How Introverts and Extroverts Perceive Each Other


In this column, Naomi Karten describes an introvert and an extrovert whose communication styles led their coworkers to perceive them negatively. The way the two dealt with the situation—hoping that these perceptions would change—was useless. Naomi describes the important first step in creating positive perceptions.

In my workshops on introversion and extroversion, participants describe how their coworkers sometimes misinterpret their communication style. Consider Kurt and Sandra, for example. Kurt, an extrovert, is a gregarious, lively team leader who, like many extroverts, thinks out loud. His coworkers hear him doing a lot of talking, some of which—by his own admission—entails working out ideas aloud and in the presence of others. They're not sure what to make of what he describes as his "mishmash of ideas." The result, he told the class, is that his coworkers view him as unreliable and unpredictable.

Sandra, an introvert, is an intelligent, hardworking, personable developer. She carefully thinks through her ideas and communicates them articulately. Like many introverts, she does much of her thinking—her best thinking, in her words—in her head, that private place not accessible to others. Often, by the time she has worked out her ideas, the discussion or problem-solving session has moved on, so she says nothing. The result, she told the class, is that her coworkers view her as withholding her input and refusing to contribute to team efforts.

Both Kurt and Sandra are hard workers who care deeply about the success of their teams and their teams' efforts. Both feel hurt that coworkers misinterpret their communication styles and attribute negative intentions to their behaviors.

Perceptions: Positive and Negative
Fortunately, not all the perceptions of introverts and extroverts are negative. For example, when I ask introverts and extroverts to describe what they like, admire, or appreciate about the other, introverts describe extroverts as:

  • Lively and enthusiastic
  • Bringing great energy to interactions
  • Able to keep any conversation going
  • Skilled in social situations

And extroverts describe introverts as:

  • Deep thinkers
  • Articulate in presenting their ideas
  • A calm and calming influence
  • Good listeners

But there are negative perceptions. When I ask introverts and extroverts to describe what frustrates, annoys, or upsets them about the other, extroverts describe introverts as:

  • Withholding important information
  • Uninvolved
  • Unfriendly
  • Making minimal contributions to team efforts

And introverts describe extroverts as:

  • Talking nonstop
  • Dominating the group process
  • Frequently changing their minds
  • Social butterflies who can't just sit down and do their jobs

These positive and negative perceptions are ones I've heard from a great many people.How to Banish Negative Perceptions
Both Kurt and Sandra understandably wished that their coworkers would stop viewing them in negative terms. But wishing others would change will not make it so; people are not going to wake up one day and suddenly see things differently. If people perceive you in ways you find troubling, you have to take the first step in bringing about the change you would like to see.

For example, if the amount of talking Kurt does leads people to see him as unreliable, he can try to cut back on his word count. He can keep silent during periods when he might otherwise dominate the conversation. He can demonstrate that he's truly listening when others speak. And, to avoid giving the impression that he's spewing forth a meaningless jumble when he speaks, he can explain that he's simply working through his ideas. That way, coworkers won't misinterpret his thought process. Making such changes might be difficult—especially at first, since he'd be going against his very nature—but these small adjustments might lead coworkers to see him more positively.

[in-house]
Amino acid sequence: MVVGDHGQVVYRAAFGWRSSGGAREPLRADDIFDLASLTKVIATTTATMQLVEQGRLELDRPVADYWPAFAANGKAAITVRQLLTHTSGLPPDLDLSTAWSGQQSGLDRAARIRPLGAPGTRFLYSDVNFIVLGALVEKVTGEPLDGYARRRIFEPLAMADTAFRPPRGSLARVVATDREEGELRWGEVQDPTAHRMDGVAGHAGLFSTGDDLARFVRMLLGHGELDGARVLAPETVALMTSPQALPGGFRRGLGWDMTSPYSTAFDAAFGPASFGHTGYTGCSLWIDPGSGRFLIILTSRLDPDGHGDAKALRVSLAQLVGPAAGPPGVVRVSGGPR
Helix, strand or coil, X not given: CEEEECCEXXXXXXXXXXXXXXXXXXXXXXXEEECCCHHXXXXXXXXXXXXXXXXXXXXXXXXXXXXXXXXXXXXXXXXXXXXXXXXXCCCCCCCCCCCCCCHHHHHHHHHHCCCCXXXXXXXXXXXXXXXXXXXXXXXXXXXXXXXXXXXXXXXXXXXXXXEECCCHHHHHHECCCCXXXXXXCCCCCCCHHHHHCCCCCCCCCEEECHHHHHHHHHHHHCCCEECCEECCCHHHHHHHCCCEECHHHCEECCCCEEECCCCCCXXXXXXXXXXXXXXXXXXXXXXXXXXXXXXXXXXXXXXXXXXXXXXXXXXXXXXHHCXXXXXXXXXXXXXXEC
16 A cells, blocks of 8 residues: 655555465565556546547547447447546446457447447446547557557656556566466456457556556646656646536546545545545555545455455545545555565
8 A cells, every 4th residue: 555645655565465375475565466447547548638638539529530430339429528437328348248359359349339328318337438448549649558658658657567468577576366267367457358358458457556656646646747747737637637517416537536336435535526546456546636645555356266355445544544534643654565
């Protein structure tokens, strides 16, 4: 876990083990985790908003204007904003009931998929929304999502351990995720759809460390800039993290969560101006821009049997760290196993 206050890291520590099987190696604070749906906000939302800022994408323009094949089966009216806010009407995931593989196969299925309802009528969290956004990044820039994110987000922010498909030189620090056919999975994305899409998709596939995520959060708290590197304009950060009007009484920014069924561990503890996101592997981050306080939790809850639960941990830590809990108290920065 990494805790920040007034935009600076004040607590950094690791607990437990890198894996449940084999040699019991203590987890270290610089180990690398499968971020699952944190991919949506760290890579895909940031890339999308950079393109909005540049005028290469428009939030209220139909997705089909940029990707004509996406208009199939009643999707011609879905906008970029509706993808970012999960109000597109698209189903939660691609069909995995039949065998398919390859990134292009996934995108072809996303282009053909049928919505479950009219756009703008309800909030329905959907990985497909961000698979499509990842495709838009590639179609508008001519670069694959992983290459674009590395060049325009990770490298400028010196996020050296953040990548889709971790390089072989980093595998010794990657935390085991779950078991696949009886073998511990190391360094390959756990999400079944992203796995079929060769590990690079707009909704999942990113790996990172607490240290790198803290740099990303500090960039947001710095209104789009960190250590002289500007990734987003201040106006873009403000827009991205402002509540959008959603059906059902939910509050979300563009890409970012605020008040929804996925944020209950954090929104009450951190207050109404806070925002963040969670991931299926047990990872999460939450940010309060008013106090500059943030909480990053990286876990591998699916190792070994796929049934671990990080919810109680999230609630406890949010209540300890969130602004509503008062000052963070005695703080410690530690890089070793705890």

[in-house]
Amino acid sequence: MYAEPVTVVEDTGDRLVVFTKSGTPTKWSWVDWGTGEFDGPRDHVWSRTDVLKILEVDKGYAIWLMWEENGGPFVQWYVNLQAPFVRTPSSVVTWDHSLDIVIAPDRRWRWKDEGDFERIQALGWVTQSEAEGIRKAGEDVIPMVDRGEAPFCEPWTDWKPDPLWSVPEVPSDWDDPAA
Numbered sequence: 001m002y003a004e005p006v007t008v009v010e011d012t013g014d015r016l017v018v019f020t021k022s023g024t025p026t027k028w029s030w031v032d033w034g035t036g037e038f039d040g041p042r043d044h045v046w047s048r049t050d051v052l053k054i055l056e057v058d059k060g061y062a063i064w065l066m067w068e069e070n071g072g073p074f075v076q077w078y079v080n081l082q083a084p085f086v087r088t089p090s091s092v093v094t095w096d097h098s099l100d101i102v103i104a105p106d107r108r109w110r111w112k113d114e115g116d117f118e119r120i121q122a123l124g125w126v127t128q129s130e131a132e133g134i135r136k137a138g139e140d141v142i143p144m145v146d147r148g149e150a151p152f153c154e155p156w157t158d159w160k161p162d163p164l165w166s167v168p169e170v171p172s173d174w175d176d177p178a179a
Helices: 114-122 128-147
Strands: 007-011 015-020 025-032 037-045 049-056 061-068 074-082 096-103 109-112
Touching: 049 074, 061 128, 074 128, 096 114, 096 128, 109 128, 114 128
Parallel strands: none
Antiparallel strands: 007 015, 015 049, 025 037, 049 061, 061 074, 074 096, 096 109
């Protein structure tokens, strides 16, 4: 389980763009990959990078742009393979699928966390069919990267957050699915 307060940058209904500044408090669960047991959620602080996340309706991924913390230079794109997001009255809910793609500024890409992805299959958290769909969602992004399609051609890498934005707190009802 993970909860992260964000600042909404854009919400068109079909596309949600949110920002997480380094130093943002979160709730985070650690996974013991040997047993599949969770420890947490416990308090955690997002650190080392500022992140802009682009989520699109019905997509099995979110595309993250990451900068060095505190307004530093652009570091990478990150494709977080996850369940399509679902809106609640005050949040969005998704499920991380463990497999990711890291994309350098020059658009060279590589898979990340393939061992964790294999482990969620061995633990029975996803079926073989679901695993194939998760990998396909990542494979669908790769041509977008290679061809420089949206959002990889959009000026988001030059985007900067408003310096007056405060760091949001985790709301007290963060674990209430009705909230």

Sandra, too, should take the first step. If her lack of active participation in team discussions leads coworkers to dismiss her as uncaring, she can try to contribute more. She can make an occasional comment, offer a suggestion, or ask for clarification of someone else's point. She can nod, smile, or even frown in response to others' comments to show she's fully present and paying attention. And, to avoid giving the wrong impression when she needs more time to think about an issue, she can explain that she needs more time. That way, coworkers won't falsely think she has simply tuned out.

Sure, she might find it uncomfortable to speak without taking that extra think-about-it time. In fact, initially, speaking spontaneously is likely to feel extremely awkward. But it might not take long for people to see her more positively.

Both Kurt and Sandra seemed surprised when I suggested that they should take the lead in effecting the kinds of changes they want to see. But, if they want to transform negative perceptions into positive ones, they need to be willing to make some small adjustments in their communication styles. In the process, they might discover skills and capabilities they didn't know they had.

At the end of an introversion/extroversion workshop I presented for an IT division, I invited participants to describe some small adjustment they were going to make. A self-described "relentless extrovert" said he was going to try harder to be a "self-stifling listener." And an introvert—one of the most reserved in the division—said she was going to venture out of her cubicle once in a while to drop in on teammates. On hearing that, the entire class cheered!

If you feel others misinterpret your behavior and your good intentions, what small first step will you make to transform that perception?

For background on introversion and extroversion, see my column, "Understanding Introversion and Extroversion"

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